Friday, July 17
The Gilbert Scotts are Not a Rock Band
Continuing our parade of Gothic -RevivalArchitects-Nobody-Has-Heard-of-Before-But-Should, I submit for your approval the Gilbert Scotts--Sir George Gilbert Scott (1811-1878), his sons George Gilbert Scott Junior (1839-1897; unfortunately the poor, overworked man went, as the writers of 30 Rock might put it, "old-school bananas" towards the end of his life) and John Oldrid Scott (1841-1913), and grandsons Sir Giles Gilbert Scott (1880-1960) Adrian Gilbert Scott (1882-1963), and Charles Marriott Oldrid Scott (1880-1952), and great-grandson, Richard Gilbert Scott.
Sir Giles is famous for, after having only designed and built something only as large as a pipe-rack, winning the commission to do Liverpool Anglican Cathedral, one of the greatest and last flowerings of the Gothic Revival, and which he spent most of the rest of his life designing, on-and-off. He also came up with the vaguely Soaneian red telephone box that has become a veritable icon of Britishness, and did the designs for my favorite power-station (I have one, yes), the looming funneled pile called Battersea. With the possible exception of the Bachs and the Peales (Charles Wilson, Rembrandt, and co.), I can think of few better genetic arguments that some professional talents might well be hereditary.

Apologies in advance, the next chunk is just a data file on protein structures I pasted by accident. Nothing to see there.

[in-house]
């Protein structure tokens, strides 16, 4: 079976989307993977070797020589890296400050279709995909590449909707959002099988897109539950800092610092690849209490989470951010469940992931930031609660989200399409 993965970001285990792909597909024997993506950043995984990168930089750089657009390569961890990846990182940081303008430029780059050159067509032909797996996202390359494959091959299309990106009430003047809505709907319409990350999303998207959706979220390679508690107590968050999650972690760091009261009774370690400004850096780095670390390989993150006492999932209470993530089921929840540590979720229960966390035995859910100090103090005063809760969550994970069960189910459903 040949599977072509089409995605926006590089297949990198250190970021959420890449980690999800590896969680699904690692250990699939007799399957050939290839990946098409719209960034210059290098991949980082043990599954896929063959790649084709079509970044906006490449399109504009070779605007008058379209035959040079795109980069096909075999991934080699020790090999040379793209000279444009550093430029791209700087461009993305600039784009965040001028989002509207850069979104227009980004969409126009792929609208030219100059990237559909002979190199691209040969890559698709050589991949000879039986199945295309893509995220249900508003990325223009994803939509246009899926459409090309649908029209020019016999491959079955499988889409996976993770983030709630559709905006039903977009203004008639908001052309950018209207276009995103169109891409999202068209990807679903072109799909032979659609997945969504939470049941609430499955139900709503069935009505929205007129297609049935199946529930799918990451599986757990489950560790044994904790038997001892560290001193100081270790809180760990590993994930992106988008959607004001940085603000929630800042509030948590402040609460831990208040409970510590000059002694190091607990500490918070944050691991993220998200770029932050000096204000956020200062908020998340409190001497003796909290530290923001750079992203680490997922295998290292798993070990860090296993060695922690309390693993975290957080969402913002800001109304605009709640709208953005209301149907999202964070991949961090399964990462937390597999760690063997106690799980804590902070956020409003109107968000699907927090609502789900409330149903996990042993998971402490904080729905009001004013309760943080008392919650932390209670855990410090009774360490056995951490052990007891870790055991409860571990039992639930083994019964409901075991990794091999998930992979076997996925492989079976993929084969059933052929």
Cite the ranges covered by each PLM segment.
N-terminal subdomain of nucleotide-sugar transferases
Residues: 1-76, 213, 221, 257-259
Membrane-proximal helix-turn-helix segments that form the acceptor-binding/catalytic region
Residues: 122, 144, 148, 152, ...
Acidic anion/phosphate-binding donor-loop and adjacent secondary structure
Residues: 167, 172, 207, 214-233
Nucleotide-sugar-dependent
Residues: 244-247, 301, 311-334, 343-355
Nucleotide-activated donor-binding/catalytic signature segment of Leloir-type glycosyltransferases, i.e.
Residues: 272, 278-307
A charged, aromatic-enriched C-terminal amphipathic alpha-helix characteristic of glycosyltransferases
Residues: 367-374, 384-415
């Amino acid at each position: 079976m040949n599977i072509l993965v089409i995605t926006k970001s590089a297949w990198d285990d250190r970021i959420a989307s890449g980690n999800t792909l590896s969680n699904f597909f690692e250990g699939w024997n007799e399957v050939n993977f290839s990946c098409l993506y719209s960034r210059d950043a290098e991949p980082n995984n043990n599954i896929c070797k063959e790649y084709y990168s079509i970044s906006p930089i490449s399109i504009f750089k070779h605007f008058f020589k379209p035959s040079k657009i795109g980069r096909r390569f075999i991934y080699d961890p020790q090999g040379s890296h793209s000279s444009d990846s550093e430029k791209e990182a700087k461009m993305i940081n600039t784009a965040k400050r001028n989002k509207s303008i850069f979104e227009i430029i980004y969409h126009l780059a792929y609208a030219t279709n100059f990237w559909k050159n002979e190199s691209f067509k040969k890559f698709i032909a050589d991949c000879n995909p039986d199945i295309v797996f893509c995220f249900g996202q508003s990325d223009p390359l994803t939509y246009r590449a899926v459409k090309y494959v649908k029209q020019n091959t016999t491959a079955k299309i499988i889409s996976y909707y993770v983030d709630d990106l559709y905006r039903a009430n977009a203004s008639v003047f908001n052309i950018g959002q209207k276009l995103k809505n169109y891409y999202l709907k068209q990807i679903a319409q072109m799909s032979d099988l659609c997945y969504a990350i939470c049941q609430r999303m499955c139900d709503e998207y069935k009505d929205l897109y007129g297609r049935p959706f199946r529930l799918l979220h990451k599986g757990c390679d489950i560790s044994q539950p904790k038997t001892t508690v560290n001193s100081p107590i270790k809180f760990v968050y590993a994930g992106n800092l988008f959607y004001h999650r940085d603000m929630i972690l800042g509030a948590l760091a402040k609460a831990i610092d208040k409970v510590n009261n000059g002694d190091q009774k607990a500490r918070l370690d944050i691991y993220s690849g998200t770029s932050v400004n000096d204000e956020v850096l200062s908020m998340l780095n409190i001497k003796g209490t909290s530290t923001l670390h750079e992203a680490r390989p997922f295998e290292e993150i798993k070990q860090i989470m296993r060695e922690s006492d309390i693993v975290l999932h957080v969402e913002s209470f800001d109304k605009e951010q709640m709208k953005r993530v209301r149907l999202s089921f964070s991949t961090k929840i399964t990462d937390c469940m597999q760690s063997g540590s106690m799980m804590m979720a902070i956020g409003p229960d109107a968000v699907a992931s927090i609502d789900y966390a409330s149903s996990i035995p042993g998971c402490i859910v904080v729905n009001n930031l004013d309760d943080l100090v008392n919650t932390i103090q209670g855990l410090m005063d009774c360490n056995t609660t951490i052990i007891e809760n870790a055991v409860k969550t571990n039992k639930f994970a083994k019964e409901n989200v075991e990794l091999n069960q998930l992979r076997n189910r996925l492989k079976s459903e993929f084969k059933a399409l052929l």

Some examples of their work, from the excellent Flickr group Gilbert Scott.